This story doesn’t answer those questions. There are mentions of peace and conflict and bombs (although, some of this might be metaphorical; kind of difficult to tell when the book is written verse [I’ll come back to that]). There are moments where Ronit and Jamil question why coexistence is so impossible, and why enmity between the two nations has become so prevalent and potent, it’s practically its own family tradition. But these questions are not developed more–they are touched on briefly, and then left to dissolve in to the backs of readers’ minds.

It seems what I’m trying to say is that this story’s priorities were focused more on the romance than on an important contemporary socio-political issue. But what I’m trying to say is that…actually, I don’t know. I’m really not sure where this story’s priorities were, and I think that’s one of its major faults.

Am I supposed to focus on the romance? It’s barely developed. Ronit and Jamil go from acknowledging the others’ existence to having the hots for each other and running away together. Their connection is so brief and underdeveloped that I have no idea why they fell for each other, or why either loves the other so much they would run away from their former lives and their family. I also had difficulty telling the two of them apart; despite their different ethnicities and the variations that result (different ways of addressing their parents/talking about food, etc.), their voices were almost identical. What makes it even more confusing is that Ronit is the girl here, and Jamil is the boy; I thought at least I could rely on the beginning letters of their names to distinguish who was who (R=Romeo, J=Juliet), but here, it’s swapped, I think. Even now, I don’t know. I barely remember the characters themselves.

Am I supposed to focus on the conflict between Israel and Palestine? This book acknowledges that conflict exists, but more words are wasted describing food, running errands, and kissing than on covering this conflict. If you’re going to include an issue like this as a springboard for discussion, please use it for something. Conflict is conflict–it is meant for causing change. Conflict is a force, not a setting. The Israeli-Palestinian conflict should not be mitigated to a backdrop for two lovers if you’re not going to address the nuances that make this conflict so messy. You could set this book anywhere else, and very little would need to be changed to tell the same story.

Ronit & Jamil‘s failure to develop both its characters and its conflict as real, engaging, and relatable renders this story ineffective–as commentary, as a retelling, and even as a book of good poetry; nothing about the prose in this book grabbed my attention. It’s a very quick read (I finished it in about two hours), but it’s forgettable–the last thing a book featuring such an important issue should be.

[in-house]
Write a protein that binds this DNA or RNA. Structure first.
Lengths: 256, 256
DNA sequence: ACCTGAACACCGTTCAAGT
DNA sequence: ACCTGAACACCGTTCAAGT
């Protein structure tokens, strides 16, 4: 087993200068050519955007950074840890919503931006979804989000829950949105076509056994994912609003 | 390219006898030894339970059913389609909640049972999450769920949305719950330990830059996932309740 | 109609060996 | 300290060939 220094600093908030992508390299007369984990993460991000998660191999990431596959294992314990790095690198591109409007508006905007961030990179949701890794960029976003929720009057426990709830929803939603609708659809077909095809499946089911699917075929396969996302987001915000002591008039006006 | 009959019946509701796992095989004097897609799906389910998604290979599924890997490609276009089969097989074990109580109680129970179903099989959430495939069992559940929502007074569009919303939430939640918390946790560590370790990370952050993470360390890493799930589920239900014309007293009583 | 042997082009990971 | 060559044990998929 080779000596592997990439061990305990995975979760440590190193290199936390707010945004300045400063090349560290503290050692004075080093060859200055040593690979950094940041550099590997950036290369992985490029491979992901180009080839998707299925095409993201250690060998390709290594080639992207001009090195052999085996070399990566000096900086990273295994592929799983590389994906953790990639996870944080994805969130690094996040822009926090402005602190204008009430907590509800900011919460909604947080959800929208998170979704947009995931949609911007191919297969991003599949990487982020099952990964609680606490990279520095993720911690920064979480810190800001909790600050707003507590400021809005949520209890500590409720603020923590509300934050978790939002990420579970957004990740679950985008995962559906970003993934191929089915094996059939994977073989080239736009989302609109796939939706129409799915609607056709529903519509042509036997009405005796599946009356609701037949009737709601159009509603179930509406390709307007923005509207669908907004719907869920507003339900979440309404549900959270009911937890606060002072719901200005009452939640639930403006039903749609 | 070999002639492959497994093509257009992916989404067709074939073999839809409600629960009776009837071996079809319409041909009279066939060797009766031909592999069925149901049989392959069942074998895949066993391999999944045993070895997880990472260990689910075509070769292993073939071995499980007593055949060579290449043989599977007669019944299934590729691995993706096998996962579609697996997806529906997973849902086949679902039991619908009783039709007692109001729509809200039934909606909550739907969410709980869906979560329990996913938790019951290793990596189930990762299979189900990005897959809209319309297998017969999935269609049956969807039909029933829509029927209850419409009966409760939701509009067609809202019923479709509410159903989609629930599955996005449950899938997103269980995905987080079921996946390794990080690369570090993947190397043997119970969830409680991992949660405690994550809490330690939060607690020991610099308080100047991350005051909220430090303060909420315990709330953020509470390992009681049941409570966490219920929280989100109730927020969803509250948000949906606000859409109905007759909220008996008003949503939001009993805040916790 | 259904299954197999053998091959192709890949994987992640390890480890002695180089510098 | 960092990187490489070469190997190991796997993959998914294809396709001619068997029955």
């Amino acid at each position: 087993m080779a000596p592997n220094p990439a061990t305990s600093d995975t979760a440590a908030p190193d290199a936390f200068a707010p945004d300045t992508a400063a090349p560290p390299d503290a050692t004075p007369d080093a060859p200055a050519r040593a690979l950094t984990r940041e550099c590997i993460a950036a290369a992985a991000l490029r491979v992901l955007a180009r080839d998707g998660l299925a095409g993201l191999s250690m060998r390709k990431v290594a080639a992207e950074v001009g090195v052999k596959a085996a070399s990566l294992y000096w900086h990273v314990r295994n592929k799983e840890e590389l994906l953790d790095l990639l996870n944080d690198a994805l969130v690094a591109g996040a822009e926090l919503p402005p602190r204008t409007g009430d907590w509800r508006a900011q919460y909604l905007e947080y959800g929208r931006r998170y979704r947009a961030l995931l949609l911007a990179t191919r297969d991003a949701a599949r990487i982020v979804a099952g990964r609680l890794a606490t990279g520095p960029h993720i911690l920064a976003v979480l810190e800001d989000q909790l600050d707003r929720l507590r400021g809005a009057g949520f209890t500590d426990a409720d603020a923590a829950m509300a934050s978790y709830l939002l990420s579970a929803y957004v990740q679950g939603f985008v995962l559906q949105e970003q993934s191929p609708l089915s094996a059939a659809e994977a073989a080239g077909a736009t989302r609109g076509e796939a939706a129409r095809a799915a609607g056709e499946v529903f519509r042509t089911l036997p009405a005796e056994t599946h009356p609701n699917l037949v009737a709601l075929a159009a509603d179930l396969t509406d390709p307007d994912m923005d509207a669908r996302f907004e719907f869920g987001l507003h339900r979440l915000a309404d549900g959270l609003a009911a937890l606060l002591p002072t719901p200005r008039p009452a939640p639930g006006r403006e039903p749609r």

A CROWN OF WISHES (The Star-Touched Queen, #2): Review (ARC)

29939047A Crown of Wishes (The Star-Touched Queen, #2)
by Roshani Chokshi
Published by St. Martin’s Griffin on March 28, 2017
Genres: young adult, romance, fantasy, mythology
Pages: 352
Format: Paperback (ARC)
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Rating: ★★★¼


I enjoyed The Star-Touched Queen, although I had my grievances with it. It was tastefully-written and a lovely gateway into an enchanting world. I admired Gauri, and so when I heard she was getting her own book, I got super excited. (Also, a tournament of wishes? Sounds cool, right?)

I liked A Crown of Wishes, but I didn’t love it. Just like its predecessor, something seems missing in this book, and here, that missing X factor is time. We just don’t get enough time with these characters. I wanted more funny banter between Gauri and Vikram, more page time with that vanara (who really could have been a cool, humorous sidekick, if he’d been present for more of the story), more external conflict in the Tournament once Vikram and Gauri arrived.  I finished this book, and I still don’t feel I know the characters as well as I could have.

That being said, I enjoyed both Vikram and Gauri. Both are driven, distinct characters with good heads on their shoulders. Gauri is a warrior, but she’s not heartless. Vikram can’t wield weapons, but he’s cunning. It was a cool balance to read, and a nice twist on the stereotypical fantasy gender roles without being overbearing. I just wanted more on-screen bonding time between our two leads so I could root for their romance more enthusiastically. I’ve always been a slow-burner gal, so maybe that’s part of it, but I did feel like the romance moved too quickly.

The plot in this story is easier to follow than The Star-Touched Queen‘s: Gauri and Vikram compete in certain challenges to win one wish each. Maybe it’s because I hear “tournament” and think “Hunger Games,” but I felt the tournament wasn’t as present in the story as it was set up to be in the blurb. Yes, there are competitors and challenges, but we don’t really see much of the other competitors, and, while there are challenges, most are symbolic. Which is fine, just not filled with much action. Again, fine, but not what I expected.